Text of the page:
Gawain and Merek had raced before, but this time their competition centered on a critical question.
A covey of quail scurried to higher ground as the quiet of the afternoon was shattered by the two princes racing on foot over the meadow, yelling and shouting like children as they went. The winter sun chased them into the woods where their shouts ceased as the brothers slowed and each caught his breath.
“I beat you!”
“Yes,” gasped Gawain. “Yes, somehow you did, Merek. But next time it’ll be different, you wait and see!”
Giving his brother a good-natured thump on the back, Gawain headed back toward the castle and his brother followed. Halfway, they mounted their horses, which had been tethered at the side of the meadow, and their conversation turned to the coming evening.
“What do you think Father wants to talk to us about?”
“Merek, I feel that he knows he is not long for this world. As sick as he’s been the last three months, maybe . . . well, maybe he wants to make sure you’re ready.”
Merek stopped and looked at his brother, “You mean ready to be king, Gawain?”
“Of course, there are only the two of us, and you’re a few minutes older than I. That’s another race I didn’t win!” The two princes laughed and continued the short ride to the castle which was home to them.
After dinner that night their father called them to his private chambers in the west tower.
“Well, my sons, no doubt your young minds have been very busy today trying to determine what it is I wanted to talk to you about.” He paused and coughed deeply before continuing. “You’re not unaware that I have been very sick, so sick in fact that I feel it necessary to set a few things in order so that my nobles will know how to proceed in the event of my death.
“I had assumed that you, Merek, as the first born, would receive the crown rather than your brother, even though you’re but a few moments older than he. It was, however, brought to my attention recently that in the by-laws of the kingdom a different process may be followed in the case of twins. After making this a matter of great thought and prayer, I have elected to proceed according to this alternative course.”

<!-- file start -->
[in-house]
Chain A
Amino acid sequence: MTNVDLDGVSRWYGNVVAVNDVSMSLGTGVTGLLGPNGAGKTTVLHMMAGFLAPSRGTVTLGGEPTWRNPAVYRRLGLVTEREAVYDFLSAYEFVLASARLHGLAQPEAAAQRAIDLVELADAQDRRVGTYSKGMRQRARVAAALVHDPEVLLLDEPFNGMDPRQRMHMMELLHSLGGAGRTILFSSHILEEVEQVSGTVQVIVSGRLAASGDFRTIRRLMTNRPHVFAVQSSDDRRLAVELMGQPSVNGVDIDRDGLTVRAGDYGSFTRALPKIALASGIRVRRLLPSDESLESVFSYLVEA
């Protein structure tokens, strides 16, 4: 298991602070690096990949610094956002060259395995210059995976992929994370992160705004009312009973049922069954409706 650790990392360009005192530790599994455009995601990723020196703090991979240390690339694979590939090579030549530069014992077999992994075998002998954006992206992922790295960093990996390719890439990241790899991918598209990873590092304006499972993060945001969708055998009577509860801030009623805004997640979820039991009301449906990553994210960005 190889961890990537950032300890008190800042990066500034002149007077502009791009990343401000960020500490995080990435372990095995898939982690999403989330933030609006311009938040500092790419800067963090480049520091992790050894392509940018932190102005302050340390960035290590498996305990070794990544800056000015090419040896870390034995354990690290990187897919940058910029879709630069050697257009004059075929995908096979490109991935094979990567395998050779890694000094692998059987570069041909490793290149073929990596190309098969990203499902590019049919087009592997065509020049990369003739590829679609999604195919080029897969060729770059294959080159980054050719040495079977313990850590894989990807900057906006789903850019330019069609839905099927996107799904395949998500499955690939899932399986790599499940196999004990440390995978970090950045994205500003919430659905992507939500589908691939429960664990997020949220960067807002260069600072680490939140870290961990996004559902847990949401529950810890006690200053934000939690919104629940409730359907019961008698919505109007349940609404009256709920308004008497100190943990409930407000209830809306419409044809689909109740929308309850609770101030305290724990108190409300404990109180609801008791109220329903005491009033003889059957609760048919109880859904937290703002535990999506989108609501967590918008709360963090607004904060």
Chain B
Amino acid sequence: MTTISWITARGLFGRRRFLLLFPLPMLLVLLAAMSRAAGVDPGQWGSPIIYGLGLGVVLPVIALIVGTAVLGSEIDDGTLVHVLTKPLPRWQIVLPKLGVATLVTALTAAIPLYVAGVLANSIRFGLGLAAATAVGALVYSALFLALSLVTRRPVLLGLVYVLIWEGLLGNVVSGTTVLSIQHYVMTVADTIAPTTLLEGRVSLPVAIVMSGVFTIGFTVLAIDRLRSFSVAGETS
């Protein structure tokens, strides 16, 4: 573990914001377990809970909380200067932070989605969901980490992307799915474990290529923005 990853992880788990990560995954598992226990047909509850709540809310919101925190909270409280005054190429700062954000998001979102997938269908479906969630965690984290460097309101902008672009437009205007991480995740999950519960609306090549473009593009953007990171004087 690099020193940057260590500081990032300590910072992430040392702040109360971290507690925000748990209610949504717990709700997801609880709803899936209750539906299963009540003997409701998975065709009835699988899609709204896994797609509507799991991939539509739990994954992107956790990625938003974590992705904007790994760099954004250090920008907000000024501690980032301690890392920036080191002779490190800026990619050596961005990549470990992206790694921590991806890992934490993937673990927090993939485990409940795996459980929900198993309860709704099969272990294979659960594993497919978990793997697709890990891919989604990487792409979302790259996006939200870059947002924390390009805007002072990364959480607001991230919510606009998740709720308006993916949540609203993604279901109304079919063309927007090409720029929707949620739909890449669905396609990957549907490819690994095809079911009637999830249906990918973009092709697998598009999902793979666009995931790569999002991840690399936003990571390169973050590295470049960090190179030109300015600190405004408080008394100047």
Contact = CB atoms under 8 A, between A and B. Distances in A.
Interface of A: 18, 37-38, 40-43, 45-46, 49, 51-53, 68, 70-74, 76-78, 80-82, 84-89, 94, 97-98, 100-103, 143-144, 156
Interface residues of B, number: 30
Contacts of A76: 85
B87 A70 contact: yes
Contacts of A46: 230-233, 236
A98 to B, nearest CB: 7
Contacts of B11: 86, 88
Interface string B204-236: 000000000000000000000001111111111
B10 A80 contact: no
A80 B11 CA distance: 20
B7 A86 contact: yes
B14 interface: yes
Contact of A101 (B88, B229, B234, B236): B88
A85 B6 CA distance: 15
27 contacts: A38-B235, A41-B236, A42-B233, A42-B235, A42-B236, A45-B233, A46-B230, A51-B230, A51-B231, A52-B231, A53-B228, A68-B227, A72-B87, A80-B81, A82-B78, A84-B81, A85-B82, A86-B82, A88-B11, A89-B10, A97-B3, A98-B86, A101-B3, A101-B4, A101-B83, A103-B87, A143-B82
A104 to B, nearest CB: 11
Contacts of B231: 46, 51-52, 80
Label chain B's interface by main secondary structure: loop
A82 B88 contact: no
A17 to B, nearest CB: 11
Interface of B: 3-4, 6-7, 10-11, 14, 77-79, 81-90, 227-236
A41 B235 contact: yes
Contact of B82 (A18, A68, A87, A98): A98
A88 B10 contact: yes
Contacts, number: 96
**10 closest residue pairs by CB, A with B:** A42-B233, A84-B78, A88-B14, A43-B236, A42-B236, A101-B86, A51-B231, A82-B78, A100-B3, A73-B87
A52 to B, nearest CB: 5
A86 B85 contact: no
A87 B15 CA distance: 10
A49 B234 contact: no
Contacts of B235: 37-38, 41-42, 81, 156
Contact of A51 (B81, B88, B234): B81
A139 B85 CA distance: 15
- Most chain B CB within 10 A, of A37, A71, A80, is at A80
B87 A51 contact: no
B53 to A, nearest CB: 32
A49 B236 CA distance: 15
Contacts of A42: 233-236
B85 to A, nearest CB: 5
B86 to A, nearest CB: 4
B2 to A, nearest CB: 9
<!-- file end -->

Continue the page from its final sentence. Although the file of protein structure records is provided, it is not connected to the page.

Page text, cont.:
The two young men looked briefly at each other and then back at their father.
“As king of this vast realm, one must bear tremendous responsibilities and much wisdom is needed. Therefore, in order to discover which of you is better fitted for the throne, I am going to ask a single searching question and then give you ten days to arrive at an answer. Your answers will be given in the council chambers before the five justices who must decide who will reign. The question, my sons, is this: What would be the guiding principle which would direct your ruling of the kingdom? Consider this question carefully.”
In the days that followed, Merek determined to talk to the people of the kingdom about what he could best do in order to please them and be an effective ruler. On this, he concluded, he would base his response to the question.
Meanwhile, Gawain kept to his room, spending a great deal of time consulting God in meditation and prayer.
The tenth day finally arrived and the princes’ written answers were delivered to the justices and the king who were waiting in the council chambers. Sending word that their decision would be delivered to the people of the realm on the following day at high noon, they began their deliberation. The chief justice stood and read aloud the two responses to the question.
“Prince Merek’s response: ‘The guiding principle which would direct me in the ruling of this kingdom would be that I must try to please the people. I have determined that as ruler, I would have no right to live for myself, but rather for the good and betterment of the people over whom I would reign.’”
“Prince Gawain’s response: ‘The guiding principle which would direct me in the ruling of this kingdom would be that I am accountable to God for the privileges and responsibilities He has seen fit to give me. As a ruler, I would purpose to conduct all the affairs of the kingdom in a manner that would please Him and bring honor to His Name.’”
The next day, when the appointed time was come, an expectant hush came over the crowd gathered in the castle courtyard. The king, accompanied by his two sons who had not yet been told the decision, greeted his subjects. He spoke solemnly. “I know you have been awaiting the decision about to be announced. I hereby proclaim that it is the decision of the justices that Prince Gawain shall ascend the throne before his brother. His answer reveals that he understands that to both rich and poor, small and great, are given short life spans in which we are to labor carefully and obediently before our Creator, before the One we shall all someday give an account for the blessings given us.”
Merek managed a smile and then spoke in his brother’s ear, “Well, little brother, you were right. You won the next race.” He bowed to his brother, and then they gave each other a hug and stepped forward to greet the people waiting to hail their future king.